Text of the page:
Out-Law News | 15 Apr 2019 | 9:57 am |
Cyber risk specialist David McIlwaine of Pinsent Masons, the law firm behind Out-Law.com, said the current 'light touch' approach to enforcement of the UK's Network and Information Security (NIS) Regulations is due to end soon, and that a recent study has highlighted the scale of cyber attacks that critical infrastructure is being subjected to.
According to research carried out by the Ponemon Institute, commissioned by cybersecurity business Tenable, 90% of professionals working at organisations dependent on industrial control systems and other operational technology, such as those in utilities, health care, manufacturing and transport, said their systems had fallen victim to at least one successful cyber attack in the past two years.
In the UK, the NIS Regulations came into force on 10 May 2018. Those rules implement the EU's NIS Directive, which were introduced in response to the increase in cyber risks facing critical infrastructure.
The NIS rules apply to operators of 'essential services' in energy, health, financial markets and transport, among other sectors, as well as to 'digital service providers' – online marketplaces, online search engines and cloud computing service providers.
Both operators of essential services and digital service providers are subject to requirements to keep their networks and information secure under the new rules, and to notify security incidents to "competent authorities" when they occur.
In the UK there is no single competent authority – instead, a number of government ministers and departments, and regulators such as Ofcom and the Information Commissioner's Office (ICO) are tasked with overseeing compliance across the various sectors in which the rules apply.
The NIS Regulations provide the competent authorities with powers to compel organisations subject to the regime to address any compliance failings identified and they can issue significant financial penalties to organisations that do not do so or which give unsatisfactory responses to enforcement notices they have been served.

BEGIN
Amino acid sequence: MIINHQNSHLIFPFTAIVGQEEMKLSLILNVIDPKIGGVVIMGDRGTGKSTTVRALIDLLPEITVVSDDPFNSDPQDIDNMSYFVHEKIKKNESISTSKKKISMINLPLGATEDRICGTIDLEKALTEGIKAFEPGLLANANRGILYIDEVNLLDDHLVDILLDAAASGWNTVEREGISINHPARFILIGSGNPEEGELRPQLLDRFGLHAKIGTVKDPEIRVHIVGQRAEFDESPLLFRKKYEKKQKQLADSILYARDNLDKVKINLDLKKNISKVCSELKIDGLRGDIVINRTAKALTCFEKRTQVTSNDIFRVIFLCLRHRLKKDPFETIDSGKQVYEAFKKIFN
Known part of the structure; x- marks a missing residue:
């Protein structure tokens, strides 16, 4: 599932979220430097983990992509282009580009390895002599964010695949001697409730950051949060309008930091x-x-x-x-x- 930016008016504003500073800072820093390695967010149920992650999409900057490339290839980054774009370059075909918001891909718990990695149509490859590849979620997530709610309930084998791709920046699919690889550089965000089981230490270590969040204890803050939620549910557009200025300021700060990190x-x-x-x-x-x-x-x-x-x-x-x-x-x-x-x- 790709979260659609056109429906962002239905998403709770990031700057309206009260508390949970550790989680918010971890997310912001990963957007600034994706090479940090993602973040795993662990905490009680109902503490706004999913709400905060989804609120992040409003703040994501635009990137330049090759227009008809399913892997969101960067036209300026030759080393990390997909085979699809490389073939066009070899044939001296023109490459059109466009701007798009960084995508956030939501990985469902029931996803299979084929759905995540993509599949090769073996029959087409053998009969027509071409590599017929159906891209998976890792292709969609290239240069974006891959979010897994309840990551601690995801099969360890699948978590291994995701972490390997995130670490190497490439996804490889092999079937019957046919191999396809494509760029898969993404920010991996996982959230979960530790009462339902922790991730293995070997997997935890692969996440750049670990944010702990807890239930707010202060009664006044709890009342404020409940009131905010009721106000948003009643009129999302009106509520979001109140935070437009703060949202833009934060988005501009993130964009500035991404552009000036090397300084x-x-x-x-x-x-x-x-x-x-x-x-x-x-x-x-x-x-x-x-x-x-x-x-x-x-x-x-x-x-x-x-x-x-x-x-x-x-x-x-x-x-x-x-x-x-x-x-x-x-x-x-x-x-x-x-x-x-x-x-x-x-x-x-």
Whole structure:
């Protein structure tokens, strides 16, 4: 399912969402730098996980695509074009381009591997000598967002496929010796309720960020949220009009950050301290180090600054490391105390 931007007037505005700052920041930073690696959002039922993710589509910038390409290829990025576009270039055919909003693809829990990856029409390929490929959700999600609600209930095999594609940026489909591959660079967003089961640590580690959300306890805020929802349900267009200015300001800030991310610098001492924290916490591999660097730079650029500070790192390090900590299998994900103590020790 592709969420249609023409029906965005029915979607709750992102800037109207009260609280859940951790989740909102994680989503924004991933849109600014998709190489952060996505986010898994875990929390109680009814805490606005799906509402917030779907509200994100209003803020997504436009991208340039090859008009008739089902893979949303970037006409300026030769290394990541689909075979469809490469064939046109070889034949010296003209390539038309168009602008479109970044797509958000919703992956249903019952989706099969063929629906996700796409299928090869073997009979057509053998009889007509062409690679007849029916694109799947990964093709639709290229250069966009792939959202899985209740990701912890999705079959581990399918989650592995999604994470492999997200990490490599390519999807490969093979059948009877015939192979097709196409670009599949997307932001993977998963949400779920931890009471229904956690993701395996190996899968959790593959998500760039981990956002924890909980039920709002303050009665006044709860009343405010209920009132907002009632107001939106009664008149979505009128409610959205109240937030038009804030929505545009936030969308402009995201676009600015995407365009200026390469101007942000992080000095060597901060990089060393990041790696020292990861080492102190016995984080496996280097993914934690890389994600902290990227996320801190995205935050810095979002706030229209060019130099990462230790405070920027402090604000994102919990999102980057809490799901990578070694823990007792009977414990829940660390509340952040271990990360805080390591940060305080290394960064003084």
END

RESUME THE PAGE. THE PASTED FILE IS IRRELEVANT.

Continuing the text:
A tiered system of penalties applies, but in the most serious of instances fines of up to £17 million can be levied where there has been a "material contravention which the enforcement authority determines has caused, or could cause, an incident resulting in an immediate threat to life or significant adverse impact on the United Kingdom economy".
"The findings from this study are a timely reminder of the scale of the threat to the security of critical infrastructure as a result of attacks by state actors and other organised cyber criminals," McIlwaine said. "If critical national infrastructure network and systems fail this has the potential to have a huge impact on the country and the economy as a whole – you can imagine the disruption caused if there is a widespread electricity blackout or if air traffic control systems are knocked offline. This is why EU policy makers and legislators moved to introduce the NIS Directive."
"In the UK, the government initially encouraged competent authorities to engage in a spirit of cooperation with organisations subject to the NIS regime rather than rush to penalise those for non-compliance. This 'light touch' approach was endorsed for a year from the introduction of the NIS Regulations in May 2018 as a way to drive improvements in cybersecurity practices. While this moratorium of sorts on enforcement has applied, there has been significant work ongoing in the background by UK authorities to build a more accurate picture of cybersecurity measures implemented by operators of essential services," he said.
"Operators have been requested to fill out a 182-point 'cyber assessment framework' (CAF) prepared by the UK's National Cyber Security Centre, and validate against three outcomes – 'achieved', 'partially achieved' and 'not achieved'. In the coming months operators of essential services should expect the authorities to mandate improvements in areas where risks are not being managed effectively currently and for the information they have provided in the CAF exercise to be used as a point of reference by the regulators in consideration of financial penalties where they delay in delivering improvements," McIlwaine said.